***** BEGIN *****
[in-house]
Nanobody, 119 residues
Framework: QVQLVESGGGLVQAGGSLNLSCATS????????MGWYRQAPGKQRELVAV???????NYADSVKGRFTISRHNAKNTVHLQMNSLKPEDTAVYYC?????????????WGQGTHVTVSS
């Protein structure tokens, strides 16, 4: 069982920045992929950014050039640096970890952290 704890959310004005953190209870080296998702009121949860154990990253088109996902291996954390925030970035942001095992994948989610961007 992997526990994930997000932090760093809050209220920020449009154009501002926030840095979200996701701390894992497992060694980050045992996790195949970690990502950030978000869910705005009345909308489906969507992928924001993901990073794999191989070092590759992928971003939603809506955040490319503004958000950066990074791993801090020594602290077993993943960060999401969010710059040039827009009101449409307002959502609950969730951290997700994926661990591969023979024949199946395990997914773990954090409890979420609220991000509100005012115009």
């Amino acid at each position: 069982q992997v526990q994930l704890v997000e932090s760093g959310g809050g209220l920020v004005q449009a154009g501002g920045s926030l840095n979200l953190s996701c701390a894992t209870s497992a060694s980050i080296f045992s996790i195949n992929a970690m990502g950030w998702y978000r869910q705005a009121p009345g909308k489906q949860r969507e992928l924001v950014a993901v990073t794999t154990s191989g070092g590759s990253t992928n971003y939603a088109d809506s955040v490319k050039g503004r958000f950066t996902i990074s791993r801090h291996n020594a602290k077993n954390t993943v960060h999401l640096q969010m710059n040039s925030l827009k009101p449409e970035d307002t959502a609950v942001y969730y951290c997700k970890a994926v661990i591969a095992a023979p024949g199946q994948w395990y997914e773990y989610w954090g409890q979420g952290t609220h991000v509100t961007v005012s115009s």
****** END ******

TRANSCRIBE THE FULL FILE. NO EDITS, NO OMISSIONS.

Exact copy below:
[in-house]
Nanobody, 119 residues
Framework: QVQLVESGGGLVQAGGSLNLSCATS????????MGWYRQAPGKQRELVAV???????NYADSVKGRFTISRHNAKNTVHLQMNSLKPEDTAVYYC?????????????WGQGTHVTVSS
């Protein structure tokens, strides 16, 4: 069982920045992929950014050039640096970890952290 704890959310004005953190209870080296998702009121949860154990990253088109996902291996954390925030970035942001095992994948989610961007 992997526990994930997000932090760093809050209220920020449009154009501002926030840095979200996701701390894992497992060694980050045992996790195949970690990502950030978000869910705005009345909308489906969507992928924001993901990073794999191989070092590759992928971003939603809506955040490319503004958000950066990074791993801090020594602290077993993943960060999401969010710059040039827009009101449409307002959502609950969730951290997700994926661990591969023979024949199946395990997914773990954090409890979420609220991000509100005012115009």
């Amino acid at each position: 069982q992997v526990q994930l704890v997000e932090s760093g959310g809050g209220l920020v004005q449009a154009g501002g920045s926030l840095n979200l953190s996701c701390a894992t209870s497992a060694s980050i080296f045992s996790i195949n992929a970690m990502g950030w998702y978000r869910q705005a009121p009345g909308k489906q949860r969507e992928l924001v950014a993901v990073t794999t154990s191989g070092g590759s990253t992928n971003y939603a088109d809506s955040v490319k050039g503004r958000f950066t996902i990074s791993r801090h291996n020594a602290k077993n954390t993943v960060h999401l640096q969010m710059n040039s925030l827009k009101p449409e970035d307002t959502a609950v942001y969730y951290c997700k970890a994926v661990i591969a095992a023979p024949g199946q994948w395990y997914e773990y989610w954090g409890q979420g952290t609220h991000v509100t961007v005012s115009s």